Ethan is in his forties and grew up in North America. He now works in a financial institution in Singapore, where he lives with his partner of over 20 years.
I’m in a boat, without any oars. The boat is on a river, headed for a waterfall. Maybe somebody will throw me a rope, holding me in place, and not let the boat sail down the river towards the waterfall.
My name is Ethan, and I am a sex addict.
I have been attending 12-step meetings for the past 17 years, as part of a structured programme to help me recover from my addiction. They help me stay sober, and prevent me from acting out sexually with another person who is not my partner. The more meetings I attend, the more support I get for my addiction, and the more ropes I will have in my hands to keep me from falling down the waterfall and losing control over myself.
My addiction is a disease. In many ways, it has been my higher power as well as my best friend. It’s what I could turn to when I feel like I can’t cope with my addiction. It also causes me a lot of pain. It’s unbearable when I see the pain it also causes for Brandon, my partner for more than 20 years, and the man I fell madly in love with when we first met. He’s a loving, caring and wonderful man, who gave me a lot of strength and support for the issues I was dealing with at that time. I knew then that I wanted to be with him, and was willing to do whatever it took to build a relationship with him. After all these years, he’s still my constant.
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I’m actually not very open to talking to others about my addiction. Brandon sometimes wants to hear more about it than I’m even comfortable sharing with him. The support group meetings have a slogan, which goes something like this: “Bring the disease into the room, but take the recovery back to your home.” So for example, when I’m sharing with him, I don’t want him to know about the unpleasant triggers; instead I want to talk about how empowered and strengthened I feel, for example by talking to you right now. In a way, I feel I am in control of what I want to share. I don’t think it’s fair for me to expect him to listen objectively to what I have to say, without having an emotional reaction or attachment to the outcome.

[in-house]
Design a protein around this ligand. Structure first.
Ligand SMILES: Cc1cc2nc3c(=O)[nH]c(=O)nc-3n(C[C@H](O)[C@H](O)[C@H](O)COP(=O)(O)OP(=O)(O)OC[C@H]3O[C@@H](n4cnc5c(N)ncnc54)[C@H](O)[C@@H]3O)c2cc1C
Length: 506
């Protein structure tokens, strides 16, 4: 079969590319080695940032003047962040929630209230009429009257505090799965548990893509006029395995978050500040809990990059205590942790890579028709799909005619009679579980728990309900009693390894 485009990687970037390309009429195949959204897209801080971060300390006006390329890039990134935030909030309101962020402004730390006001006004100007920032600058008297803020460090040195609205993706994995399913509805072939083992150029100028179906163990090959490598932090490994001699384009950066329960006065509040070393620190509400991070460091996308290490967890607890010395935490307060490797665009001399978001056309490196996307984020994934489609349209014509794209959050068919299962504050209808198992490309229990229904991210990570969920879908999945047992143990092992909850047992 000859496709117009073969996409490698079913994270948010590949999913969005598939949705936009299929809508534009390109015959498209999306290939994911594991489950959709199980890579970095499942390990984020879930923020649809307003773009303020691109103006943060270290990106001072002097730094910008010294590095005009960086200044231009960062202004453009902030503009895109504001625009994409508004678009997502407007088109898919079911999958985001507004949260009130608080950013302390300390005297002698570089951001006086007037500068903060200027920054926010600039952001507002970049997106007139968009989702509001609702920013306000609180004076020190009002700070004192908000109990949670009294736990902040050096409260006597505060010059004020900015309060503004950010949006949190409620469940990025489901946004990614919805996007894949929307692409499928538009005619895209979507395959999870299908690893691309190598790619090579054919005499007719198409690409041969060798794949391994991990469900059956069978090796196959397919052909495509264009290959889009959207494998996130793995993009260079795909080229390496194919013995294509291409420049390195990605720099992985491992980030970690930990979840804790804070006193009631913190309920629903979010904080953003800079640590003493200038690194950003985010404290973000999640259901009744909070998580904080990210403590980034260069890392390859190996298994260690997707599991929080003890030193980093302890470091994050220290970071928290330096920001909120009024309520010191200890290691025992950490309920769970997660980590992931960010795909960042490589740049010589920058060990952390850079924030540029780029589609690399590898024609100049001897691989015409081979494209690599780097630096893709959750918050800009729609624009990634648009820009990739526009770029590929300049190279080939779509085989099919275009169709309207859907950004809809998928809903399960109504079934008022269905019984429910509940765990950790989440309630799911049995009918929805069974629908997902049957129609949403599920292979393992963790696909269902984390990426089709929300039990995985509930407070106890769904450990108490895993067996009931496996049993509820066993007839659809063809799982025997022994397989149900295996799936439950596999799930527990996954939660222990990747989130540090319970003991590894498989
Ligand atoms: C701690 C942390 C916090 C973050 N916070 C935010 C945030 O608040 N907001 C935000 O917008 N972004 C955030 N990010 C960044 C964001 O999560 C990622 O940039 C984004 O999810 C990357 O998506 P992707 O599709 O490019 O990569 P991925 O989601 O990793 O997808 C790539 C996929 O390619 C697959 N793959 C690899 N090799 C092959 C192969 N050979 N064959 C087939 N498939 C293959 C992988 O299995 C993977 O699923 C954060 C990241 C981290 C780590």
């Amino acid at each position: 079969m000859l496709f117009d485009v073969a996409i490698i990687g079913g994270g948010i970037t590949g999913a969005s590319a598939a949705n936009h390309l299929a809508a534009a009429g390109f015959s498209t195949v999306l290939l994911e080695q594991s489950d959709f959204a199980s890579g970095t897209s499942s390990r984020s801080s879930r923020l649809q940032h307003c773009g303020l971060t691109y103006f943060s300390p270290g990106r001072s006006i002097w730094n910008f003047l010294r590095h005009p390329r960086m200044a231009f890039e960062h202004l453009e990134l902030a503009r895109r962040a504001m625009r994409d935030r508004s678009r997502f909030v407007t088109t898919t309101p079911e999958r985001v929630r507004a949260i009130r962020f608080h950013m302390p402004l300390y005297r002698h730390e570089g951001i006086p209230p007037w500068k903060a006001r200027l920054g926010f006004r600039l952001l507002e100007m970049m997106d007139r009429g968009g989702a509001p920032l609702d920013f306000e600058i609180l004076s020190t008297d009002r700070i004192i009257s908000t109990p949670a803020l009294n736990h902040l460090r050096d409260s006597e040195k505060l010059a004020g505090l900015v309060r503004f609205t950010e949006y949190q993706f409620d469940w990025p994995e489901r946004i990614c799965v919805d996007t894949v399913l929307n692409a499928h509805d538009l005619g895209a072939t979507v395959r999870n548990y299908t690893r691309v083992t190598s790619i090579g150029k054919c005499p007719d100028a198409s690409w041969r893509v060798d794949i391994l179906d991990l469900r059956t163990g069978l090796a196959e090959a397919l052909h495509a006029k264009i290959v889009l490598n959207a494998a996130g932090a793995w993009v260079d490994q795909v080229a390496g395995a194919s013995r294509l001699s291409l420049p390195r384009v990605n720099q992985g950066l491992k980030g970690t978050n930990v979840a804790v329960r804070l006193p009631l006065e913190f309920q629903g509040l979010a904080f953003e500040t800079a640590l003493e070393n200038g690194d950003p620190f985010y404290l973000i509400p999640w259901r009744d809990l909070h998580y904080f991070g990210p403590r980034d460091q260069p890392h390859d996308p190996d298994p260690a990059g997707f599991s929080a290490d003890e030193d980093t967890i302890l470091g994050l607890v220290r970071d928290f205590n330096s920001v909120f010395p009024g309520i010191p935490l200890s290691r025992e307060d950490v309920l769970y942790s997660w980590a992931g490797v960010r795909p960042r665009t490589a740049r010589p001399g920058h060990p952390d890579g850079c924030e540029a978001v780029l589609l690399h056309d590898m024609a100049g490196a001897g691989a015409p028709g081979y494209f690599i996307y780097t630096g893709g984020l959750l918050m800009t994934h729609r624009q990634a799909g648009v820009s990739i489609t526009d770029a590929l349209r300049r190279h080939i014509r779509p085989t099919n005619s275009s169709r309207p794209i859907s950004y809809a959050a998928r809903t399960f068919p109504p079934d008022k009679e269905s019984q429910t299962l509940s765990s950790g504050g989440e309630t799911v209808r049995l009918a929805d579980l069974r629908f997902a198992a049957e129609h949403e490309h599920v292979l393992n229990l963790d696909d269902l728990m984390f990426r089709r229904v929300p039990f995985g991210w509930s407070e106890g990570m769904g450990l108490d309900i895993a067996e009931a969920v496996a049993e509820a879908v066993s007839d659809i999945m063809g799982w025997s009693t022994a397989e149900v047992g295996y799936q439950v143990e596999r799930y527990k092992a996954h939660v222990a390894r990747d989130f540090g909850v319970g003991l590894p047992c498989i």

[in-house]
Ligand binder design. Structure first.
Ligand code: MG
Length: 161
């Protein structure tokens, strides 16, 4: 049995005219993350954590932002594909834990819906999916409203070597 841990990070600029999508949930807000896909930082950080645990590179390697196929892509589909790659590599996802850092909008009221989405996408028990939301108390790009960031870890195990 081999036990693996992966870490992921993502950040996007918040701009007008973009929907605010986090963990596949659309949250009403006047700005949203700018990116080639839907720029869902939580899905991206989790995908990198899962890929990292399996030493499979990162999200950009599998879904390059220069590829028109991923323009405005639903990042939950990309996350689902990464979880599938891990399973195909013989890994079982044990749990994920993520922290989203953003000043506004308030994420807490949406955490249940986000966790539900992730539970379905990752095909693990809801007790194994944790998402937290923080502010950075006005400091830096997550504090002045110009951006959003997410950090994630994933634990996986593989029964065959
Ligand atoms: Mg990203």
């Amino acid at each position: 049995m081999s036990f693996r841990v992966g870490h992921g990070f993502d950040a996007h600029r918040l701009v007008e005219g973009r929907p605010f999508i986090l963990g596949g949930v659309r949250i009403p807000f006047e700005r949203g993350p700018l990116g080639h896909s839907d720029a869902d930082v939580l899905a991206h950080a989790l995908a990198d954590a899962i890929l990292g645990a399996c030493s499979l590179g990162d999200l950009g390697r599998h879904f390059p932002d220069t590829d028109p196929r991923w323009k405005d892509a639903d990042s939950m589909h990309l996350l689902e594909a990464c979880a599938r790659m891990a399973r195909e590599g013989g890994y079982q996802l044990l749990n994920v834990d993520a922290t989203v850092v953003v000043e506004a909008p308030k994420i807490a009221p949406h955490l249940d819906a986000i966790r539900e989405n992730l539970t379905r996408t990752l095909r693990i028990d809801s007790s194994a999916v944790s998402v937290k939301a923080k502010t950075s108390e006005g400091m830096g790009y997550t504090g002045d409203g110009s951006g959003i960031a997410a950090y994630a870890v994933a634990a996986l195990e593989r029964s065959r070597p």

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People who feel that they are happy, in healthy relationships with themselves and their partners, and are not engaged in any form of harmful or destructive behaviours probably wouldn’t need to get help. But I think I am not alone. There must be others out there, especially other gay men, who would prefer not to cheat on their partners, or spend hours on the internet surfing pornography, looking for anonymous partners online, or have unsafe sex with strangers. They might make promises to themselves that they would not do it again, but they go ahead and do it anyway. I have been there and I’ve experienced that. I also know there is a different way of loving myself.
You know you need additional support for yourself when you begin to realize that your life is becoming unmanageable, and it is somehow related to some form of sexual activity. But you decide what is unmanageable. It could be feeling exhausted in the mornings because you had been up all night having online cybersex or surfing porn websites, and then not being able to function at work the next day as a result; or maybe it’s spending money that you can’t afford, on sex toys, escort and sexual massage services; or you find that you are cheating on your partner, and you feel guilty about it.
Just know that you are not alone.
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The above passages are excerpts from Ethan’s full story, which can be read in the e-book.